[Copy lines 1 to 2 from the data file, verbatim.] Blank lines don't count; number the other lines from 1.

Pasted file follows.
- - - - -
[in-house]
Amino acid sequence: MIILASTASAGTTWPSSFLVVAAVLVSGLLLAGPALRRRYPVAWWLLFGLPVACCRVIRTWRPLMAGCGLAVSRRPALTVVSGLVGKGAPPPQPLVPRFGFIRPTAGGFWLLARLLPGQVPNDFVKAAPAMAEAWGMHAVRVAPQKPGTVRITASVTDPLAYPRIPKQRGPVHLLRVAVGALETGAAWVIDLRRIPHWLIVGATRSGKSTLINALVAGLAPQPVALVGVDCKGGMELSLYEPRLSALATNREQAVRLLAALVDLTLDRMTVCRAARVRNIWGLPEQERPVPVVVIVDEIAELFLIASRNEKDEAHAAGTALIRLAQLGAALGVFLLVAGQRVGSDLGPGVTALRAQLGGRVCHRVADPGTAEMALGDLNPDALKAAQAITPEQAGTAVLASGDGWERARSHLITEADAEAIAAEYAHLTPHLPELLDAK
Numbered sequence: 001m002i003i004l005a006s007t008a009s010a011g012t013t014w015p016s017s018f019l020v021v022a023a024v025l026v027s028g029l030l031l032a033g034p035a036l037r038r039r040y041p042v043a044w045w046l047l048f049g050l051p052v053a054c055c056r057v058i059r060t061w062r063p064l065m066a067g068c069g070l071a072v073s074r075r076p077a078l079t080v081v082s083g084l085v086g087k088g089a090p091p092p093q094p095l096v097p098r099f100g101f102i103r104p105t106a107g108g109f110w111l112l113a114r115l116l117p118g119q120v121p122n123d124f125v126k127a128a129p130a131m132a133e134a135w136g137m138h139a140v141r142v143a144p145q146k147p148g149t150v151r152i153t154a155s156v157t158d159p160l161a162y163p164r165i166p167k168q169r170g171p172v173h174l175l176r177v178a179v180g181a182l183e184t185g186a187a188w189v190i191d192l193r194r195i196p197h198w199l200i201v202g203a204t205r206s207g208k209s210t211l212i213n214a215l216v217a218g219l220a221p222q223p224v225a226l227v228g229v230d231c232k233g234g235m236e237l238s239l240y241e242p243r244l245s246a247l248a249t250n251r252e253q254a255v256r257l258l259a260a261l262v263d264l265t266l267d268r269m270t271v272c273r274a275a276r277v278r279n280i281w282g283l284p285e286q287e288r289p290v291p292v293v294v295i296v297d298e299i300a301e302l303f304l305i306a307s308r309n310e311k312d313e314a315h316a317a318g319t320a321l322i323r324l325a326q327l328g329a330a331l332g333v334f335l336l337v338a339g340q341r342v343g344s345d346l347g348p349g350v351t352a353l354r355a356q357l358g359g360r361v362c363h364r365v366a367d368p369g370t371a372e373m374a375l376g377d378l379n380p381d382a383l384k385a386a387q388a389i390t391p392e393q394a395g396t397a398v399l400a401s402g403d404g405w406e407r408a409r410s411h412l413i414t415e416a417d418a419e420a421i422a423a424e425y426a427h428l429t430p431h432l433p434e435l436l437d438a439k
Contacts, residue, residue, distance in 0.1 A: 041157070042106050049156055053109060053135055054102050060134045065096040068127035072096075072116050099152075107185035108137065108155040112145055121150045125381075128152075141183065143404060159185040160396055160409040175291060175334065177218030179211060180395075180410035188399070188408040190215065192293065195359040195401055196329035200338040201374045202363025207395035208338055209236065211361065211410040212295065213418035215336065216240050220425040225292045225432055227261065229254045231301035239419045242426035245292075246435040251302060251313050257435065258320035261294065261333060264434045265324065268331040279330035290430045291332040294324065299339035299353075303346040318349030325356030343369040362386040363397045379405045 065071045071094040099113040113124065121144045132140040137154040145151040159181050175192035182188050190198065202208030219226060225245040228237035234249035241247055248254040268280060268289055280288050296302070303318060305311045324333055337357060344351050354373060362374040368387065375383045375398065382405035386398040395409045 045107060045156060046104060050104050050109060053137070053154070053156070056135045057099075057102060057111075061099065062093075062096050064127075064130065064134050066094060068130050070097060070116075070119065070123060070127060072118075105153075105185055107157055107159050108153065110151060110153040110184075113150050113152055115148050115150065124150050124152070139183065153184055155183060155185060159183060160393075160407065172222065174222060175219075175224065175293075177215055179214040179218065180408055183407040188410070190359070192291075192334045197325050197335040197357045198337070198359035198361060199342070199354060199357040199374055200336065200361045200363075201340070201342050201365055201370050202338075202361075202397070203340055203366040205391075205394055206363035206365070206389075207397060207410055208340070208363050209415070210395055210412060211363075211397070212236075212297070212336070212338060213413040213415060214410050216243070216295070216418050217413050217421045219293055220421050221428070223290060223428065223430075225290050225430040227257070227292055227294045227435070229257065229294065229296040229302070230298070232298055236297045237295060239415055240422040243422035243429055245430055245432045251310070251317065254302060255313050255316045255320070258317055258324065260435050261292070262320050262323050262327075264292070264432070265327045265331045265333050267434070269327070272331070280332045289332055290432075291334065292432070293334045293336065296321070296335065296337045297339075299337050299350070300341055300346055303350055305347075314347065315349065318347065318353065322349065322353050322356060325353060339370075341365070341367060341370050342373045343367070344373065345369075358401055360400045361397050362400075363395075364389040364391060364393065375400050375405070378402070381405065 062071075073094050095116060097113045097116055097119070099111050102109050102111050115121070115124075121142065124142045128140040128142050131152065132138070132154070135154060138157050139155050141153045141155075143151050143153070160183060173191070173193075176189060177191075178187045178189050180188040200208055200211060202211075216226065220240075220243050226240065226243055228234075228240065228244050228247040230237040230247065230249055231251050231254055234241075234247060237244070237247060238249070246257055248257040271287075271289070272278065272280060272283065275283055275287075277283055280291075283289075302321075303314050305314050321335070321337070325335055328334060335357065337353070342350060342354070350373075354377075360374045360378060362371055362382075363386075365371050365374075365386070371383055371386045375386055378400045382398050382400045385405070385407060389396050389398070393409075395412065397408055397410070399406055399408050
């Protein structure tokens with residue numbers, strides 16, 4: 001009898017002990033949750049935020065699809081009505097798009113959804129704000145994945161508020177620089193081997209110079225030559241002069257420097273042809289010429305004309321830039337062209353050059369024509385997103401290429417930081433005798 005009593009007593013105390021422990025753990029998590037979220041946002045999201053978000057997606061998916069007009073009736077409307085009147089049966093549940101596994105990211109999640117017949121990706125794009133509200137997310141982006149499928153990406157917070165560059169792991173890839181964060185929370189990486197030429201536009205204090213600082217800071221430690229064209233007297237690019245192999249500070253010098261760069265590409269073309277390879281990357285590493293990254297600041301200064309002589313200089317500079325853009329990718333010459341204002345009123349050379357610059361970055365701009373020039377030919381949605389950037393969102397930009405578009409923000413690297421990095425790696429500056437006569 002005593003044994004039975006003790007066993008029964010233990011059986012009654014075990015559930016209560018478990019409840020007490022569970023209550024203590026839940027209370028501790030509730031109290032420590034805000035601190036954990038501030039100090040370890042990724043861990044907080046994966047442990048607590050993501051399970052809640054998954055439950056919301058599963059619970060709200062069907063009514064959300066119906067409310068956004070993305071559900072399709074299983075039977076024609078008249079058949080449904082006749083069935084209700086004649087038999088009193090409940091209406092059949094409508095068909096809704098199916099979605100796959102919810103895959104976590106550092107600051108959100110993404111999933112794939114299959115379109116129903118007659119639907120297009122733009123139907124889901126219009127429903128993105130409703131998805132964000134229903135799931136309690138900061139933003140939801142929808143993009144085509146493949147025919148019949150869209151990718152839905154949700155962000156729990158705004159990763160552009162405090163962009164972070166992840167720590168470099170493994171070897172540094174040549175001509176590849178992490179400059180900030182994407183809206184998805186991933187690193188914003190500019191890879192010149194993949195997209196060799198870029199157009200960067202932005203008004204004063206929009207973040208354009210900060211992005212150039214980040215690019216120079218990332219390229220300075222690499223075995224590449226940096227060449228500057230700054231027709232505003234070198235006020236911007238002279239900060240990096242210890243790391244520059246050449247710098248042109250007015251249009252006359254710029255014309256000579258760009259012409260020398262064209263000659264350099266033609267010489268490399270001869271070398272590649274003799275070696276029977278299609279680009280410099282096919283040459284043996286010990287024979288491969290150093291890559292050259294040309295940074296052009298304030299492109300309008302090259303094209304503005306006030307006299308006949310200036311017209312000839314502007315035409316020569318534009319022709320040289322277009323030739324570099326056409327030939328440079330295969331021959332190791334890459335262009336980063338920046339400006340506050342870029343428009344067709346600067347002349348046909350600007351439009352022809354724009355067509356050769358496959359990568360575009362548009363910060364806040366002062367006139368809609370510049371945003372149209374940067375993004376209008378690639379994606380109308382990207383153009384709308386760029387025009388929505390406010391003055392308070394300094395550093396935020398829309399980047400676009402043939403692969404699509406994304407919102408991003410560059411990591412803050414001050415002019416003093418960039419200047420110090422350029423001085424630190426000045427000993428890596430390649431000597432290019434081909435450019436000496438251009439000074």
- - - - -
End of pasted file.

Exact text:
[in-house]
Amino acid sequence: MIILASTASAGTTWPSSFLVVAAVLVSGLLLAGPALRRRYPVAWWLLFGLPVACCRVIRTWRPLMAGCGLAVSRRPALTVVSGLVGKGAPPPQPLVPRFGFIRPTAGGFWLLARLLPGQVPNDFVKAAPAMAEAWGMHAVRVAPQKPGTVRITASVTDPLAYPRIPKQRGPVHLLRVAVGALETGAAWVIDLRRIPHWLIVGATRSGKSTLINALVAGLAPQPVALVGVDCKGGMELSLYEPRLSALATNREQAVRLLAALVDLTLDRMTVCRAARVRNIWGLPEQERPVPVVVIVDEIAELFLIASRNEKDEAHAAGTALIRLAQLGAALGVFLLVAGQRVGSDLGPGVTALRAQLGGRVCHRVADPGTAEMALGDLNPDALKAAQAITPEQAGTAVLASGDGWERARSHLITEADAEAIAAEYAHLTPHLPELLDAK